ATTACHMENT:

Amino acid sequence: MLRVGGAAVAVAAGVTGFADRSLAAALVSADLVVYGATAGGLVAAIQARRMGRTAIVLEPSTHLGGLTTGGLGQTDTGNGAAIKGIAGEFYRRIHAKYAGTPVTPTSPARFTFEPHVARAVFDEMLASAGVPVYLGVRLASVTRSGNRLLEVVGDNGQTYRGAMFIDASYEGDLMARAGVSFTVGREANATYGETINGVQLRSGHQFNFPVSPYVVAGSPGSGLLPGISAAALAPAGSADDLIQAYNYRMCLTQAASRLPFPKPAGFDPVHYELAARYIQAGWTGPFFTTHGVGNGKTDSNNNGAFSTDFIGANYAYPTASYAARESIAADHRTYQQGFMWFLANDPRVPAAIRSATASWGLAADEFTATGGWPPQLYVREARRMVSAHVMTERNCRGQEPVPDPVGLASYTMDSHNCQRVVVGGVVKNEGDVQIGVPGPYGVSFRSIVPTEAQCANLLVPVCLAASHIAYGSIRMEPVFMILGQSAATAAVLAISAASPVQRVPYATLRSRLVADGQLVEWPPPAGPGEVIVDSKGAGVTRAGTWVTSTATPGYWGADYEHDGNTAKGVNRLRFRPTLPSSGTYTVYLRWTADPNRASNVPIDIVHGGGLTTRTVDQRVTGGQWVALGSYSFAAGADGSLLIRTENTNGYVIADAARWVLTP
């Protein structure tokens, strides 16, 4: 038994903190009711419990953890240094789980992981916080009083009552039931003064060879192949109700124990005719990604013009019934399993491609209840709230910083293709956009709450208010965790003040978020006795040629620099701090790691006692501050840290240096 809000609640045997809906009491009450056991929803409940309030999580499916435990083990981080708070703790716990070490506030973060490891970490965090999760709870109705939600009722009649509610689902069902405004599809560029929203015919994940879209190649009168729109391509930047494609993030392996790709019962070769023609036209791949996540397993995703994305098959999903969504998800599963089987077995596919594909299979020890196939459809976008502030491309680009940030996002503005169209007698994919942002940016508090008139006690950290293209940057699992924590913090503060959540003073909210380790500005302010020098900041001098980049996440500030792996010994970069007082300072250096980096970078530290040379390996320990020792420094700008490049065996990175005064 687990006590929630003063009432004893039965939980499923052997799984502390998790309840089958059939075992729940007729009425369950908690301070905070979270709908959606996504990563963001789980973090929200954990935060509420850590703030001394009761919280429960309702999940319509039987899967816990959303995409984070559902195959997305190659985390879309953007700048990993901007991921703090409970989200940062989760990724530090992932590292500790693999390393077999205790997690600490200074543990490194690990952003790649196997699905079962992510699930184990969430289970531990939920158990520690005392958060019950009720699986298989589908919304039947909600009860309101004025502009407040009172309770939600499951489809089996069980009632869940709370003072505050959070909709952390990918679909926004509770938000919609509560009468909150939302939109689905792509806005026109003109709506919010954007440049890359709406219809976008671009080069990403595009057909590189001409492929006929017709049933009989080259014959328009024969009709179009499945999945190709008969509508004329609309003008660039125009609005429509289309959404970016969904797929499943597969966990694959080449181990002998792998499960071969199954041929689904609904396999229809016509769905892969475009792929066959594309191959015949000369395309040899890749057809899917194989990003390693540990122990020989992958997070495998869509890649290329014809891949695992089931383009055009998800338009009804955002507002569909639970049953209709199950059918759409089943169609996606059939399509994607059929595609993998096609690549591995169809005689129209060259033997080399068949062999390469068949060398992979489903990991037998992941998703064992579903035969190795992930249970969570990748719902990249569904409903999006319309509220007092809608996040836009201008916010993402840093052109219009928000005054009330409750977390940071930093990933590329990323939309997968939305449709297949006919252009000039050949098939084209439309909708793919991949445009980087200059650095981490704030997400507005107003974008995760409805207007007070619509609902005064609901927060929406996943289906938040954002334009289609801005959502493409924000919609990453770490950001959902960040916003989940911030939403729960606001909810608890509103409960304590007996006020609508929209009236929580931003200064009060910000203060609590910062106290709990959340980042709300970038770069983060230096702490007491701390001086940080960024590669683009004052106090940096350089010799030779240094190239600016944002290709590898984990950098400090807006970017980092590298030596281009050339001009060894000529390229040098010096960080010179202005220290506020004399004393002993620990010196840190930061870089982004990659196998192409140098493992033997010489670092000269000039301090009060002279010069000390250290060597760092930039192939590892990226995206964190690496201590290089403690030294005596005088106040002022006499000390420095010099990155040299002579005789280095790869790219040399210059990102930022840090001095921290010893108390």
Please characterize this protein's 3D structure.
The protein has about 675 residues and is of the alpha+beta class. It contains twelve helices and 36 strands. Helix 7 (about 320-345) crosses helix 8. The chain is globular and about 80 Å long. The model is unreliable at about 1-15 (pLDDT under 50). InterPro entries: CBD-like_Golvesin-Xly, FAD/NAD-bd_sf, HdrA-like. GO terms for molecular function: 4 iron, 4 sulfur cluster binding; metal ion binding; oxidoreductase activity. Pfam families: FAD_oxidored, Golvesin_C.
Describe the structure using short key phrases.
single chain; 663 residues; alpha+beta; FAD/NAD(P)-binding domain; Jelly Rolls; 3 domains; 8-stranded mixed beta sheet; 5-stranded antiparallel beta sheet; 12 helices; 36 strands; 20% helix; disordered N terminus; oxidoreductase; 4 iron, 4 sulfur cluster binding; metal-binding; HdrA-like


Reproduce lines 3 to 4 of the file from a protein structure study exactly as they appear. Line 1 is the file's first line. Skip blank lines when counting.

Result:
Please characterize this protein's 3D structure.
The protein has about 675 residues and is of the alpha+beta class. It contains twelve helices and 36 strands. Helix 7 (about 320-345) crosses helix 8. The chain is globular and about 80 Å long. The model is unreliable at about 1-15 (pLDDT under 50). InterPro entries: CBD-like_Golvesin-Xly, FAD/NAD-bd_sf, HdrA-like. GO terms for molecular function: 4 iron, 4 sulfur cluster binding; metal ion binding; oxidoreductase activity. Pfam families: FAD_oxidored, Golvesin_C.